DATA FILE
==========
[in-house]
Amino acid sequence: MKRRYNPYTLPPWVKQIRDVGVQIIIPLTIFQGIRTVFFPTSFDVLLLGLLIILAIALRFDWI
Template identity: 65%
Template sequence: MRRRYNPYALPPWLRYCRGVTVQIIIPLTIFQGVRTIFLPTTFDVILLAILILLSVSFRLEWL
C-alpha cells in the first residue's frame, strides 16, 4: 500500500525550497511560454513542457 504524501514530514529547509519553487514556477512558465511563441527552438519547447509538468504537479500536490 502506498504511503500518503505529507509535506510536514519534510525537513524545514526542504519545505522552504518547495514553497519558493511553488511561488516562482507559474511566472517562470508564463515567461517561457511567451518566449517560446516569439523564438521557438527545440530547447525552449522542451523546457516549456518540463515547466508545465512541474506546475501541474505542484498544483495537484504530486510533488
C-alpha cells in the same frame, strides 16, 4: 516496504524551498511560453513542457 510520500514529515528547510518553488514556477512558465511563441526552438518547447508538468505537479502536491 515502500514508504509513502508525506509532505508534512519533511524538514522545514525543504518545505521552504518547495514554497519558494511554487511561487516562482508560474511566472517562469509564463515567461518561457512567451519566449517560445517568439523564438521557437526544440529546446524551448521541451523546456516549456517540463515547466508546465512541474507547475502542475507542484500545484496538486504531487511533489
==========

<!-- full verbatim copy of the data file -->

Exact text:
[in-house]
Amino acid sequence: MKRRYNPYTLPPWVKQIRDVGVQIIIPLTIFQGIRTVFFPTSFDVLLLGLLIILAIALRFDWI
Template identity: 65%
Template sequence: MRRRYNPYALPPWLRYCRGVTVQIIIPLTIFQGVRTIFLPTTFDVILLAILILLSVSFRLEWL
C-alpha cells in the first residue's frame, strides 16, 4: 500500500525550497511560454513542457 504524501514530514529547509519553487514556477512558465511563441527552438519547447509538468504537479500536490 502506498504511503500518503505529507509535506510536514519534510525537513524545514526542504519545505522552504518547495514553497519558493511553488511561488516562482507559474511566472517562470508564463515567461517561457511567451518566449517560446516569439523564438521557438527545440530547447525552449522542451523546457516549456518540463515547466508545465512541474506546475501541474505542484498544483495537484504530486510533488
C-alpha cells in the same frame, strides 16, 4: 516496504524551498511560453513542457 510520500514529515528547510518553488514556477512558465511563441526552438518547447508538468505537479502536491 515502500514508504509513502508525506509532505508534512519533511524538514522545514525543504518545505521552504518547495514554497519558494511554487511561487516562482508560474511566472517562469509564463515567461518561457512567451519566449517560445517568439523564438521557437526544440529546446524551448521541451523546456516549456517540463515547466508546465512541474507547475502542475507542484500545484496538486504531487511533489